Pauline Tiffen and Geraint Williams
The Sophia Gardens cafeteria provided very good breakfasts and lunches. Thanks go to Chris who organised a Portuguese meal on Monday night, and to Gaynor who took us back to last year’s Italian restaurant on Tuesday – both excellent meals. Thanks also to Muriel who was unable to play but stayed with us all day and gave help and encouragement. Last but not least we owe thanks to Phil Avery who gave the time and effort to organise the competition.
This month, Simon Hancock, social historian and curator of Haverfordwest Town Museum, shares his fascinating research into witchcraft in seventeenth-century Pembrokeshire.
When we think of witches and witchcraft there is an almost instinctive mind picture of an isolated, warty old woman, invariably accompanied by a pet cat. This stereotype is culled from popular literature, folk and fairy tales. Our knowledge of witchcraft prosecutions is dominated by the person of Matthew Hopkins, ‘Witchfinder General’ in East Anglia during the English Civil Wars and even more so by the Salem witch trials at Salem in Massachusetts in 1692. Witchcraft accusations tell us a lot about the role of women in society, male attitudes and forms of control, relationships within communities and how local conflicts were resolved.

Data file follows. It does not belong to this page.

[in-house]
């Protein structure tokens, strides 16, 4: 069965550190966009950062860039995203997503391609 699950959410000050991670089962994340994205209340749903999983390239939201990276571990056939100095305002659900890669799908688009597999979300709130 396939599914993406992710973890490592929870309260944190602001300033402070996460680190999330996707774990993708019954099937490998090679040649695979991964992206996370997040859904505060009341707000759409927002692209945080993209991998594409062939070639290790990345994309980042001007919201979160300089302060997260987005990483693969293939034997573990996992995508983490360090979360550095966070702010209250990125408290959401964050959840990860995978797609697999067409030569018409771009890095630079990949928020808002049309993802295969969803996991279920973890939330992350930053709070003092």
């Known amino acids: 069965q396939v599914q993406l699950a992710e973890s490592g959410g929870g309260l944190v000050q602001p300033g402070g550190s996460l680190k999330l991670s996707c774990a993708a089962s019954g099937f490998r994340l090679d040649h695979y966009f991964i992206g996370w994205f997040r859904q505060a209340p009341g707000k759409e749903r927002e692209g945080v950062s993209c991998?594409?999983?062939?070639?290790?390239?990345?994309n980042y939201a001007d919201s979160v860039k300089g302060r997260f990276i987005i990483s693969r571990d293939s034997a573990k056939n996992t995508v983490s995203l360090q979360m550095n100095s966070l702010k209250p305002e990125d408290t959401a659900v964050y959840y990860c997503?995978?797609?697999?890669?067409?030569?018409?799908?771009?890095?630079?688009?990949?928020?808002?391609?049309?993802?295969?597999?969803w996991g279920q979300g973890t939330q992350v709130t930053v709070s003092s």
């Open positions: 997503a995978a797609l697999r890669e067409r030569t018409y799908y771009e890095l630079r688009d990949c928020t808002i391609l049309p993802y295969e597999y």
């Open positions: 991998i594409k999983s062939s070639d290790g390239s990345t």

Simon’s is interest was awakened by reading Richard Suggett’s excellent book A History of Magic and Witchcraft in Wales, published in 2008, in which he mentions a number of local cases. This prompted Simon to consult the actual court papers of the Great Sessions which heard such cases.
Across England and Wales between 300 to 1,000 people were executed for witchcraft, the great majority of whom were women, although in Wales prosecutions were rare. Most accusations, when they were made, were thrown out by grand juries. There were five executions for witchcraft in Wales, the last being at Anglesey in 1655. There were no executions in Pembrokeshire but around half a dozen cases are mentioned. Perhaps the most interesting appear during the final flourish of witchcraft accusations in the 1690s.